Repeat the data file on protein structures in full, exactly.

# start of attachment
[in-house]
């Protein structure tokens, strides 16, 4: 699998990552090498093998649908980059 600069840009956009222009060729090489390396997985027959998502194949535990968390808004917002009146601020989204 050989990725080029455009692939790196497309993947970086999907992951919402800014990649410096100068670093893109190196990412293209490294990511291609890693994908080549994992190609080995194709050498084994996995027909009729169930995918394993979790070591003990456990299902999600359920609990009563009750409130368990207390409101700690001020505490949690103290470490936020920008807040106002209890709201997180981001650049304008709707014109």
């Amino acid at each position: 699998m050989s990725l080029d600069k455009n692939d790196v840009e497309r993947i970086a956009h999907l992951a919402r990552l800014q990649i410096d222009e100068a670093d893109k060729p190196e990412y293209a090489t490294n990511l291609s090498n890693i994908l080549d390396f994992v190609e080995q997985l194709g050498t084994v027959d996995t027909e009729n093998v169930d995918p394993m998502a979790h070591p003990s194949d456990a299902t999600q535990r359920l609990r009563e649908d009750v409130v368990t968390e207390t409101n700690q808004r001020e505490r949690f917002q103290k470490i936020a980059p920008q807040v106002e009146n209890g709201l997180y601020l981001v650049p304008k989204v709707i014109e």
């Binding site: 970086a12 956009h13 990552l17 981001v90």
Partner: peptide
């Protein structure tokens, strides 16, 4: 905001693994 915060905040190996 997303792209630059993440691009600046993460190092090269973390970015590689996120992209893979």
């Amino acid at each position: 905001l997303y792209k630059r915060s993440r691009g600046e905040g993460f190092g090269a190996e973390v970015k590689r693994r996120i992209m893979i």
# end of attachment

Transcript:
[in-house]
């Protein structure tokens, strides 16, 4: 699998990552090498093998649908980059 600069840009956009222009060729090489390396997985027959998502194949535990968390808004917002009146601020989204 050989990725080029455009692939790196497309993947970086999907992951919402800014990649410096100068670093893109190196990412293209490294990511291609890693994908080549994992190609080995194709050498084994996995027909009729169930995918394993979790070591003990456990299902999600359920609990009563009750409130368990207390409101700690001020505490949690103290470490936020920008807040106002209890709201997180981001650049304008709707014109």
């Amino acid at each position: 699998m050989s990725l080029d600069k455009n692939d790196v840009e497309r993947i970086a956009h999907l992951a919402r990552l800014q990649i410096d222009e100068a670093d893109k060729p190196e990412y293209a090489t490294n990511l291609s090498n890693i994908l080549d390396f994992v190609e080995q997985l194709g050498t084994v027959d996995t027909e009729n093998v169930d995918p394993m998502a979790h070591p003990s194949d456990a299902t999600q535990r359920l609990r009563e649908d009750v409130v368990t968390e207390t409101n700690q808004r001020e505490r949690f917002q103290k470490i936020a980059p920008q807040v106002e009146n209890g709201l997180y601020l981001v650049p304008k989204v709707i014109e």
């Binding site: 970086a12 956009h13 990552l17 981001v90």
Partner: peptide
């Protein structure tokens, strides 16, 4: 905001693994 915060905040190996 997303792209630059993440691009600046993460190092090269973390970015590689996120992209893979």
């Amino acid at each position: 905001l997303y792209k630059r915060s993440r691009g600046e905040g993460f190092g090269a190996e973390v970015k590689r693994r996120i992209m893979i």